“This result suggests that ultimately we might be able to make IPSCs without putting anything in the cell nucleus, which potentially means that these stem cells will have fewer mutations and overall better properties,” said study senior author Dr. Kristin Baldwin, an associate professor in TSRI’s department of neuroscience.
 
IPSCs can be made from patients’ own cells, and have a multitude of potential uses in personalized cell therapies and organ regeneration. However, none of IPSCs’ envisioned clinical uses has yet been realized, in part because of the risks involved in making them.
 
The standard IPSC induction procedure, developed a decade ago and known as OSKM, involves the insertion into adult cells of genes for four transcription factor proteins: Oct4, Sox2, Klf4 and c-Myc. With these genes added and active, the transcription factor proteins they encode are produced and in turn reprogram the cells to become IPSCs.
 
One problem with this procedure is that the viral insertion events or overproduction of the nuclear reprogramming factors may damage cell DNA in a way that turns the cell cancerous. Another is that this nuclear reprogramming typically yields a collection of IPSCs with variable properties. “This variability can be a problem even when we’re using IPSCs in the laboratory for studying diseases,” Baldwin said.
 
In contrast, during ordinary animal development, cell identity is altered by molecular signals that come in from outside the cell and induce changes in gene activity, without any risky insertions of DNA. To find natural pathways like these—through which ordinary cells could be turned into IPSCs—Baldwin and her laboratory teamed up with the TSRI laboratory of Richard Lerner, the Lita Annenberg Hazen Professor of Immunochemistry. Lerner has helped pioneer the development and screening of large libraries of human antibodies for finding new antibody-based drugs and scientific probes.
 

$7.9M to study Pluristem’s PLX-PAD cells
 
HAIFA, Israel—Pluristem Therapeutics Inc., a leading developer of placenta-based cell therapy products, announced in October that a $7.9-million (€6.8 million) non-dilutive grant from the European Union’s Horizon 2020 program has been awarded to nTRACK, a collaborative project carried out by an international consortium led by LEITAT.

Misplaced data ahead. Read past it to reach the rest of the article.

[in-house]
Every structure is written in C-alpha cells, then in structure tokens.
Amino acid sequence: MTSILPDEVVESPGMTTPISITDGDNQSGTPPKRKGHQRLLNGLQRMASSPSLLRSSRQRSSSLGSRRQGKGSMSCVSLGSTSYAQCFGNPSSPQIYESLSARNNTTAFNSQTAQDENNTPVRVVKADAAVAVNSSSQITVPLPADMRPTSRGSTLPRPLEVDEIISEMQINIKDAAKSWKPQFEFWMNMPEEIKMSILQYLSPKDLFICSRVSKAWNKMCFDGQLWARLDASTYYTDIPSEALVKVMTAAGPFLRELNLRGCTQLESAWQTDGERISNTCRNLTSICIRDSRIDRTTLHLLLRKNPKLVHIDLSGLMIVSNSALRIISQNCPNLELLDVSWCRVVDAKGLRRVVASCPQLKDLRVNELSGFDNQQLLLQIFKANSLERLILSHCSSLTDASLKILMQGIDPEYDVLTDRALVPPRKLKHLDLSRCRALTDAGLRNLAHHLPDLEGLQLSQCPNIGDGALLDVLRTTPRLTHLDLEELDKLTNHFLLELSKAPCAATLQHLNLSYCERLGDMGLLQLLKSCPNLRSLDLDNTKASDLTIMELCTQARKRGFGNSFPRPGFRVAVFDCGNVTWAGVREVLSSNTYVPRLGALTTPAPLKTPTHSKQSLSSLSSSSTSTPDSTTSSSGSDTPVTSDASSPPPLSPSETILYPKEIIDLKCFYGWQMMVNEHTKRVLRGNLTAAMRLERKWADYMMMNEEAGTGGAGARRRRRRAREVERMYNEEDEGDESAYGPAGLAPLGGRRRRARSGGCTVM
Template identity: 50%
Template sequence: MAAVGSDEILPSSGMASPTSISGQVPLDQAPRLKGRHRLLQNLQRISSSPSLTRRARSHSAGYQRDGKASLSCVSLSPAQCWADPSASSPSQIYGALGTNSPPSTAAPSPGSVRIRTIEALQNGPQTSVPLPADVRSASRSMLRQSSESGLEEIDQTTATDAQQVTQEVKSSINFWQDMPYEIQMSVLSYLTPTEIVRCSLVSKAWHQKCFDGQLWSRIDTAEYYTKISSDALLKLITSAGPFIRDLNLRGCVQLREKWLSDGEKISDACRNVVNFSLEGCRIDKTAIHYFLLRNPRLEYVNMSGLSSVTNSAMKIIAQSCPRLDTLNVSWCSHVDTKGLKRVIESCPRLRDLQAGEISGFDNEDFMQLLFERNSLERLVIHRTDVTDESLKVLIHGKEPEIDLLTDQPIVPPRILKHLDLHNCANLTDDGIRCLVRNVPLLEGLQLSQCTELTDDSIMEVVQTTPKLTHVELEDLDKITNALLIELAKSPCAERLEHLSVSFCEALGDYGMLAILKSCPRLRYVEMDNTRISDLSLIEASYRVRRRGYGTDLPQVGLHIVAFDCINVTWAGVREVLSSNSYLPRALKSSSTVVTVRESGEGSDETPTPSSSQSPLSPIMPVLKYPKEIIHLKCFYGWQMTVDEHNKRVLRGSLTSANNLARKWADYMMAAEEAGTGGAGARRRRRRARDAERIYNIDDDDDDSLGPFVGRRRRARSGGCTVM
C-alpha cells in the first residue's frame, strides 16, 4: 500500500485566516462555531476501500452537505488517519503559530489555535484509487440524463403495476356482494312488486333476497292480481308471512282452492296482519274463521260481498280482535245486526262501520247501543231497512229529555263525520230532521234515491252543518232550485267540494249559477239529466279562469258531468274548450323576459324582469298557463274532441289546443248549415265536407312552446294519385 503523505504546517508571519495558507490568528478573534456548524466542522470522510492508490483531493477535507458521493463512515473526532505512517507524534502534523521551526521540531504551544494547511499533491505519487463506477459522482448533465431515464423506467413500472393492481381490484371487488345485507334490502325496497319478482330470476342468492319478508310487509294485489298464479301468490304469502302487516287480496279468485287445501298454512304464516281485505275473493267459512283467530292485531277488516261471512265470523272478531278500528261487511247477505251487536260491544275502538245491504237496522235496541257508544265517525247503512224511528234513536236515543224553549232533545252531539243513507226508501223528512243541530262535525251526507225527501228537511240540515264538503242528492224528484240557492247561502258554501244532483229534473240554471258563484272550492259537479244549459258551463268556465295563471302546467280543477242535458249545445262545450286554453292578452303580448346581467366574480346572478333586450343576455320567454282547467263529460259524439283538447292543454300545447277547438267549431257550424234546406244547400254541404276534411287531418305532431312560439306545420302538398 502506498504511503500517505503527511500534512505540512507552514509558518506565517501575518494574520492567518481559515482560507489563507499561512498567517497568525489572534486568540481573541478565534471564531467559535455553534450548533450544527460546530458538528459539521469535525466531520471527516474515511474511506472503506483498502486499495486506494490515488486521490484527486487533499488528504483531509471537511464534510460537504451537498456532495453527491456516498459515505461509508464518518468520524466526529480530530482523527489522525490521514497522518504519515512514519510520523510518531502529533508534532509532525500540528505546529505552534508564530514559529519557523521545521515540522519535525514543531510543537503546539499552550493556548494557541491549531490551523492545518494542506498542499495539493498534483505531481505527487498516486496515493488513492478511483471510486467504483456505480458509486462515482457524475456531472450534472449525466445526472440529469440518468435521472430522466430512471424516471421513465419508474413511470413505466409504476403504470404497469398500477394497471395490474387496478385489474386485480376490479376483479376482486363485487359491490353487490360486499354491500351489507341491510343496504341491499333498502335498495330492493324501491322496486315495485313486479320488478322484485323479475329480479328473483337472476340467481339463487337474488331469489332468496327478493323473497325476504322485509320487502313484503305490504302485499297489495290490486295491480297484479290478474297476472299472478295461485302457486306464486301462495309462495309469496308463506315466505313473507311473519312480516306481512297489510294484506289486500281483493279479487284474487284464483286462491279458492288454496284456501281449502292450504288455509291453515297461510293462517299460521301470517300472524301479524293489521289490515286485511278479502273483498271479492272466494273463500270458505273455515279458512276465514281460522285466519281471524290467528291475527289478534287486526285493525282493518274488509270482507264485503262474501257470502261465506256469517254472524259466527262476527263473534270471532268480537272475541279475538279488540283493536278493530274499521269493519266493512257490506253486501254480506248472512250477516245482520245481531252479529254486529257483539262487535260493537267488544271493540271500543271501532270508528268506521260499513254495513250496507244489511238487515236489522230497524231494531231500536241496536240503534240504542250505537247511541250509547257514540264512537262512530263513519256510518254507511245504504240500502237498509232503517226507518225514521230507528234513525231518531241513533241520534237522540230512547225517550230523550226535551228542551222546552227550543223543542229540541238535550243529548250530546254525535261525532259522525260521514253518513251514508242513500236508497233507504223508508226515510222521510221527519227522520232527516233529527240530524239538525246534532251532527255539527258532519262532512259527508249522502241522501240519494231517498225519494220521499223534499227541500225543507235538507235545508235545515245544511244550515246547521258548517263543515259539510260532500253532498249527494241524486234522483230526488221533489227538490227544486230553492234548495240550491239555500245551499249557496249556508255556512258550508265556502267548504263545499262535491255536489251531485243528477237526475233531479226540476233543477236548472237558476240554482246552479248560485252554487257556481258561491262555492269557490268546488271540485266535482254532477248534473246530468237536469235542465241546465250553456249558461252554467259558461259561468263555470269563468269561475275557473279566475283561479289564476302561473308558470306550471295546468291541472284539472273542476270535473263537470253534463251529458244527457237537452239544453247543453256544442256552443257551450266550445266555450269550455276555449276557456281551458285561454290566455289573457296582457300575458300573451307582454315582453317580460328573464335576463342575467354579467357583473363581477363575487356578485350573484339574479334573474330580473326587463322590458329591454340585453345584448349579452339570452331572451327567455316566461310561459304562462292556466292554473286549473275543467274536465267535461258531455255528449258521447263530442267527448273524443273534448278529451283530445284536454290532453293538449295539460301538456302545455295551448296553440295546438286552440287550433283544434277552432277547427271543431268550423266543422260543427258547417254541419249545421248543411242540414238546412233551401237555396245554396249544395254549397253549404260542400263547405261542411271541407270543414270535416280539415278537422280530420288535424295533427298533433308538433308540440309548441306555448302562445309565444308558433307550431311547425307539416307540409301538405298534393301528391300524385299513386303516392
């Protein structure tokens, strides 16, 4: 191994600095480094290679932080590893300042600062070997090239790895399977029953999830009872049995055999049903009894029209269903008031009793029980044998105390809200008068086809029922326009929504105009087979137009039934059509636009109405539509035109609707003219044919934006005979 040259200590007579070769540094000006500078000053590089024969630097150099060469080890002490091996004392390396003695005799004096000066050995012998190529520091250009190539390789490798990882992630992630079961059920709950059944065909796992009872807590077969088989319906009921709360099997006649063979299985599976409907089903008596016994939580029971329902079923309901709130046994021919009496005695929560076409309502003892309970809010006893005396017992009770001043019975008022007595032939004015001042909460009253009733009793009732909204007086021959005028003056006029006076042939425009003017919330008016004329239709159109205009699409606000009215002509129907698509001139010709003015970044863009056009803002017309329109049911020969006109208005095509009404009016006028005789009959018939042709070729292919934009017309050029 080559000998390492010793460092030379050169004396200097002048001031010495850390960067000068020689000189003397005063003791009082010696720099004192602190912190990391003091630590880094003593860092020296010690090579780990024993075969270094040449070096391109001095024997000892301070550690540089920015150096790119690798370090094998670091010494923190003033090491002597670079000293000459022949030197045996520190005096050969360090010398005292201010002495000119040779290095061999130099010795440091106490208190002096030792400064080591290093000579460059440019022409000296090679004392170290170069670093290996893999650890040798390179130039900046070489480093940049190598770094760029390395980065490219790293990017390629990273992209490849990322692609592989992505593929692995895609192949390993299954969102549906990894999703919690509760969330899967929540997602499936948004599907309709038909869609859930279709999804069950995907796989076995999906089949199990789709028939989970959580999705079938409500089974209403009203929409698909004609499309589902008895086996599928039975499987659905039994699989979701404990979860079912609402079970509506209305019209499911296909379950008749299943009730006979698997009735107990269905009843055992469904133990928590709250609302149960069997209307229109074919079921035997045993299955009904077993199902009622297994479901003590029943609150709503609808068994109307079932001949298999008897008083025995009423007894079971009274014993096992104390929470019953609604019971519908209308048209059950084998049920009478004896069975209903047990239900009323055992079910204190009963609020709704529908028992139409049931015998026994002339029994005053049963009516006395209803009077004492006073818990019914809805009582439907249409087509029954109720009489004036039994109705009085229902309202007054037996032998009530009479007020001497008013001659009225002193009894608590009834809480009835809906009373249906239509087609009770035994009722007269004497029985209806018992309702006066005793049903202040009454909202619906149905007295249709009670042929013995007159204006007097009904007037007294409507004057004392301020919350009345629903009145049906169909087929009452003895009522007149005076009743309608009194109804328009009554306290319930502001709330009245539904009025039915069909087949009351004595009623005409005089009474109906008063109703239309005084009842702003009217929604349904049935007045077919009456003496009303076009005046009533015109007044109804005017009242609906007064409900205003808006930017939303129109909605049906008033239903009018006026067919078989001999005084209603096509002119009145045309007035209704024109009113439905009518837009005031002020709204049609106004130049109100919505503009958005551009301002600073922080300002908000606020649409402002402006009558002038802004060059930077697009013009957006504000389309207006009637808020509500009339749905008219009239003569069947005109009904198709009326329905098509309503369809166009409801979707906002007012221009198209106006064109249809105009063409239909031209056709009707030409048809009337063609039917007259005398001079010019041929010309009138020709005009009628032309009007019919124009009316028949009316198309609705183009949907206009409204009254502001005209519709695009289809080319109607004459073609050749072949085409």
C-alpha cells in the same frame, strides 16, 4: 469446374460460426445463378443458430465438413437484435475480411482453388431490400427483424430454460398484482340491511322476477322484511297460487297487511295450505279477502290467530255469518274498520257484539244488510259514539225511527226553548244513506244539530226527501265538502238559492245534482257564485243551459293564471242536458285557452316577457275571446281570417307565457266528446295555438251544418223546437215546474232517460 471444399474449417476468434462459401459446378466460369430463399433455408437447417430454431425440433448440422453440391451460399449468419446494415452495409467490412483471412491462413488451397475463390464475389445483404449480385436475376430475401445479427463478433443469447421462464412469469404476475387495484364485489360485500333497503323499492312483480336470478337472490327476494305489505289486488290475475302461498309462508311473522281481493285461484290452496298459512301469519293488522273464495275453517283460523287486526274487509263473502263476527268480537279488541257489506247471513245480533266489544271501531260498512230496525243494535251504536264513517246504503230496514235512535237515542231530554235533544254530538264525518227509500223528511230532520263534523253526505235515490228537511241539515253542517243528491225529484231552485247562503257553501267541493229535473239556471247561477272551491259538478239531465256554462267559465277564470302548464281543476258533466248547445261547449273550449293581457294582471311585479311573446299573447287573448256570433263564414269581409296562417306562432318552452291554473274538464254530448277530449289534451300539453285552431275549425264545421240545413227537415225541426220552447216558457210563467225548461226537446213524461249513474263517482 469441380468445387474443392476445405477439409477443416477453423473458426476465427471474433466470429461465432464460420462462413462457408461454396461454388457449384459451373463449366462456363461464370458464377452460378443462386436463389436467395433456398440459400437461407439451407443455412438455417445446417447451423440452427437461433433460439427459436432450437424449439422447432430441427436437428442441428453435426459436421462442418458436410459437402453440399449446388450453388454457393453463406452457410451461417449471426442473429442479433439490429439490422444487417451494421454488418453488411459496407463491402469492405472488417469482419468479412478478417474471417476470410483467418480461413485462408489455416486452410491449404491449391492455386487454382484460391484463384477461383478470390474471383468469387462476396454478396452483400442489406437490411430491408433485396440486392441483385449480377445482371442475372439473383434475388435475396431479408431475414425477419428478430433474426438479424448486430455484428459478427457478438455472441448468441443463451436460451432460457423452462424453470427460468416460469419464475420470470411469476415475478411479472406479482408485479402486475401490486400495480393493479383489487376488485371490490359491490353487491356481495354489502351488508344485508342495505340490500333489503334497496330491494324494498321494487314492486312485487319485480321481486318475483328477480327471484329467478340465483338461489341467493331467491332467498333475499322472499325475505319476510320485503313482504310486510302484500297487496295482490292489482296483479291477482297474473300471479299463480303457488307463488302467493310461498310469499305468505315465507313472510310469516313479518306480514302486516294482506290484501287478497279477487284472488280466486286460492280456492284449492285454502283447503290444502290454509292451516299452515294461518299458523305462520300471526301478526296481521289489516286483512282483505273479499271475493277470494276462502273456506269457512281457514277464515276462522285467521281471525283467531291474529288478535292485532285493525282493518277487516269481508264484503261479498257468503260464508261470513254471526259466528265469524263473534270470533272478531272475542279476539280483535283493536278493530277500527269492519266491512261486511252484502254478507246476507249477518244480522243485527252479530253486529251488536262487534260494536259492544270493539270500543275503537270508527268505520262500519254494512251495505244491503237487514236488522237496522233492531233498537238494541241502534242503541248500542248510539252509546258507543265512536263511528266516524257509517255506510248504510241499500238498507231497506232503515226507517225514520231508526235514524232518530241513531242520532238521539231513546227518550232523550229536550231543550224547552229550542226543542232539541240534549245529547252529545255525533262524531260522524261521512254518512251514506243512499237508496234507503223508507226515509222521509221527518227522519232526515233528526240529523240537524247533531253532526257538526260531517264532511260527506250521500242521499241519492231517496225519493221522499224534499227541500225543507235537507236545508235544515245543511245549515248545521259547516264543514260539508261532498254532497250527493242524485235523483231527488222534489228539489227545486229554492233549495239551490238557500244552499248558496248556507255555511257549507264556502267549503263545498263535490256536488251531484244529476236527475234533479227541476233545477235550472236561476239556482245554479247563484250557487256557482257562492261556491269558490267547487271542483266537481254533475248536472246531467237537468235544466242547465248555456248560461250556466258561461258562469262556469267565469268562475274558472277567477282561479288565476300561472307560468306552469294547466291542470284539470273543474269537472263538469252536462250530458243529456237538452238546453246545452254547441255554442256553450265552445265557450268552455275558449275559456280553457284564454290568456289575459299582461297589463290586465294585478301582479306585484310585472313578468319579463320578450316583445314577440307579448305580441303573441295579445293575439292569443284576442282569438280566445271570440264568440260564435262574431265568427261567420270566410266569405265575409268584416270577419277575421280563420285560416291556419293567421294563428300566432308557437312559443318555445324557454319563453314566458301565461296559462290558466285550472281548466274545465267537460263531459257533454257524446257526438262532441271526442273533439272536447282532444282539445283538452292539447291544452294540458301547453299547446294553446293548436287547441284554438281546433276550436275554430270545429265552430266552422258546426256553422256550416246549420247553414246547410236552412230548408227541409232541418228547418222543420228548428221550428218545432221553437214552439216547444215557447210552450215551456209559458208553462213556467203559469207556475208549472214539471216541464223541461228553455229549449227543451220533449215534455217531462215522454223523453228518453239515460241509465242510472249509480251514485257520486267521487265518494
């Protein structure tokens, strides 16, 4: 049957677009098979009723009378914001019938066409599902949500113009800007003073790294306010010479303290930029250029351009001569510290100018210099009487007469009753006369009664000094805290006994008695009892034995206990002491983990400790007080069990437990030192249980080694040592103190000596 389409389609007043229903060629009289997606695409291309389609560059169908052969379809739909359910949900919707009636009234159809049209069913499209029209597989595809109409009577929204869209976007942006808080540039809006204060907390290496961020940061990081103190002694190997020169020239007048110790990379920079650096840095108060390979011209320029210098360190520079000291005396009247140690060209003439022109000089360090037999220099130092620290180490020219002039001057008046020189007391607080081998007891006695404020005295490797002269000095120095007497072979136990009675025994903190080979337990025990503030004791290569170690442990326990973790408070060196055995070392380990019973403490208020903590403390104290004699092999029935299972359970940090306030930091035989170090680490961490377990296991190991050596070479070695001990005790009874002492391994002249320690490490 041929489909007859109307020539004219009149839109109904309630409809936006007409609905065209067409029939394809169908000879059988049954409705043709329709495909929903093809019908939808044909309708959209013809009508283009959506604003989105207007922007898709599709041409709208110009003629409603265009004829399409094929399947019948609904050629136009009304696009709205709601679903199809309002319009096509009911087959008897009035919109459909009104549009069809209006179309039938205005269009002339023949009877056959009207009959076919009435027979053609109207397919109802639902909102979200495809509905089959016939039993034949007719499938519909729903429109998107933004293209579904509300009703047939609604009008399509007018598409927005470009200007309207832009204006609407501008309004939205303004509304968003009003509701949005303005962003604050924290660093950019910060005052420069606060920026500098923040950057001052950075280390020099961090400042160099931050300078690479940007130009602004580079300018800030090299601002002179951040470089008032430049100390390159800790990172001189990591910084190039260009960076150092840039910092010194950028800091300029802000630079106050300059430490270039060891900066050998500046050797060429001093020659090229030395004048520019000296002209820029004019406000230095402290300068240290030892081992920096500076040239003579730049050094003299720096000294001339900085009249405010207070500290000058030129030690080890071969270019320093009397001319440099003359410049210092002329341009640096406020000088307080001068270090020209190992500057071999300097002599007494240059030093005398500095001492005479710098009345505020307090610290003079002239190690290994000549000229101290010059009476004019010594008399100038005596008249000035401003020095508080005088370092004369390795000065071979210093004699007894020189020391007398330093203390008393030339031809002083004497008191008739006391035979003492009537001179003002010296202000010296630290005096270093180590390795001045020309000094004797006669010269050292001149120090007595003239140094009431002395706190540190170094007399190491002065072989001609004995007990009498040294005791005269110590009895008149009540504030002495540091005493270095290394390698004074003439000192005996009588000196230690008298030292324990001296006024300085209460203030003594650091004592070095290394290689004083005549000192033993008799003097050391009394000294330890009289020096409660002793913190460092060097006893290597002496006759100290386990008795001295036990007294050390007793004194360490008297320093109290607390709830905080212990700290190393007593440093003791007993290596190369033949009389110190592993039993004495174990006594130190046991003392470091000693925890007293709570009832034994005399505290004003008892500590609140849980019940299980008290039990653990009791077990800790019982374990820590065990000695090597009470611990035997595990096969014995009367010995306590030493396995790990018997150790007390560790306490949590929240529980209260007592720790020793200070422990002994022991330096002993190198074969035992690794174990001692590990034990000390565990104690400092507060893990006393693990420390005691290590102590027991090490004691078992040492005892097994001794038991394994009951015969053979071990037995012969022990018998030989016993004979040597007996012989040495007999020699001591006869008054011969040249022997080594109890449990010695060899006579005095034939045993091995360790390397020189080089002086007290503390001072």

The goal of the nTRACK project, initiated and led scientifically by Prof. Rachela Popovtzer of Bar-Ilan University in Israel, is to develop a safe, scalable and highly sensitive nanotechnology-based imaging approach to enable non-invasive, whole body monitoring of injected stem cells in humans, thereby providing early predictions of cellular therapy treatment outcomes. The nTRACK consortium will utilize Pluristem’s PLX-PAD cells to predict treatment success for muscle regeneration following a gastrocnemius muscle injury. Final approval of the grant is subject to the finalization of the consortium and Horizon 2020 grant agreements.
 
This marks Horizon 2020’s third grant to support development of Pluristem’s PLX-PAD cell therapy product, following an award of $8 million announced in August 2016 for Pluristem’s ongoing multinational Phase 3 trial in the treatment of critical limb ischemia and an $8.7-million award announced in September 2017 for the company’s Phase 3 study in the treatment of muscle recovery following arthroplasty for hip fracture.
 

Advancing delivery of cell therapies with thawing tech
 
CHALFONT ST. GILES, U.K.—In early September, GE Healthcare introduced the first in its VIA Thaw series, the VIA Thaw CB1000 for thawing large volumes of cell therapies cryopreserved in cryo-bags. This range of innovative automated, dry thawing units provides users with control over the thawing of sensitive therapies, and addresses key challenges faced by cell therapy companies. Designed to overcome the multiple inconsistent elements in standard water bath thawing practice, the VIA Thaw series delivers a simple, reproducible and traceable recovery system that maintains cell viability to prevent loss of therapeutic effect.
 
With around 900 cell therapy clinical trials underway worldwide and a handful of products approved as treatments, the emergence of cell therapies will potentially change the landscape of healthcare, GE notes; however, maintaining cell potency throughout the manufacture and cryogenic cold chain (cryochain) of these treatments is a major challenge.
 
Cell thawing is the final and least controlled part of the cryochain, the company notes, and the process is often carried out in water baths across multiple sites, with inconsistencies due to subjective determination of the thaw endpoint and risk of water-borne contamination. The collection and collation of data from thaw sites, often by paper records, also impedes therapy development. In 2015, the leading UK-based cell therapy organization, the Cell and Gene Therapy Catapult, identified these barriers to the commercialization of cell therapies and approached Asymptote (now part of GE Healthcare) to apply its expertise in cryochain technology to find the solution.
 
Ger Brophy, general manager of cell therapy at GE Healthcare said: “As the number of cell therapies increases, GE Healthcare has been focusing on creating solutions that safeguard the manufacture and delivery of these therapies. The new VIA Thaw series will provide certainty in cell thawing, through an automated, dry process, and complete visibility over the thawing procedure. This technology has the ability to transform the final stage of cell therapy and help advance the industrialization and delivery of these potentially life-saving therapies.”
 
Code: E111734